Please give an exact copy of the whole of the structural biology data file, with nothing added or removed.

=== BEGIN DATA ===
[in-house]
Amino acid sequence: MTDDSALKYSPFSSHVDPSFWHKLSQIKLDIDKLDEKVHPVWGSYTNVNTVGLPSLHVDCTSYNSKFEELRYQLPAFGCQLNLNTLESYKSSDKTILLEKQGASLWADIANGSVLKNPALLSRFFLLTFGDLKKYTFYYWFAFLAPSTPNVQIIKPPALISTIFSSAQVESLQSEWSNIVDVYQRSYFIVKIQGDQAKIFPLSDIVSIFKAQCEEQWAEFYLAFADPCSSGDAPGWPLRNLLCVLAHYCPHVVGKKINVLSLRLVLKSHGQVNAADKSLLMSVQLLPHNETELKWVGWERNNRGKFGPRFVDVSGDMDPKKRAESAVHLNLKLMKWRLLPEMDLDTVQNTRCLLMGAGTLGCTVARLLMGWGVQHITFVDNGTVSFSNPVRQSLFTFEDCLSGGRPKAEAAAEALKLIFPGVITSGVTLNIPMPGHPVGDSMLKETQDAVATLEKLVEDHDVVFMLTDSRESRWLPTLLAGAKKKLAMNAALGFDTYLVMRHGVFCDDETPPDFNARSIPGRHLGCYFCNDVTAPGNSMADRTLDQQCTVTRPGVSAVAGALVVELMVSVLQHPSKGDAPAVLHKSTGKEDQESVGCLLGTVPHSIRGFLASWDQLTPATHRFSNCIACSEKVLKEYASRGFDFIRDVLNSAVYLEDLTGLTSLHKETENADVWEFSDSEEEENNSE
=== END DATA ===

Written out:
[in-house]
Amino acid sequence: MTDDSALKYSPFSSHVDPSFWHKLSQIKLDIDKLDEKVHPVWGSYTNVNTVGLPSLHVDCTSYNSKFEELRYQLPAFGCQLNLNTLESYKSSDKTILLEKQGASLWADIANGSVLKNPALLSRFFLLTFGDLKKYTFYYWFAFLAPSTPNVQIIKPPALISTIFSSAQVESLQSEWSNIVDVYQRSYFIVKIQGDQAKIFPLSDIVSIFKAQCEEQWAEFYLAFADPCSSGDAPGWPLRNLLCVLAHYCPHVVGKKINVLSLRLVLKSHGQVNAADKSLLMSVQLLPHNETELKWVGWERNNRGKFGPRFVDVSGDMDPKKRAESAVHLNLKLMKWRLLPEMDLDTVQNTRCLLMGAGTLGCTVARLLMGWGVQHITFVDNGTVSFSNPVRQSLFTFEDCLSGGRPKAEAAAEALKLIFPGVITSGVTLNIPMPGHPVGDSMLKETQDAVATLEKLVEDHDVVFMLTDSRESRWLPTLLAGAKKKLAMNAALGFDTYLVMRHGVFCDDETPPDFNARSIPGRHLGCYFCNDVTAPGNSMADRTLDQQCTVTRPGVSAVAGALVVELMVSVLQHPSKGDAPAVLHKSTGKEDQESVGCLLGTVPHSIRGFLASWDQLTPATHRFSNCIACSEKVLKEYASRGFDFIRDVLNSAVYLEDLTGLTSLHKETENADVWEFSDSEEEENNSE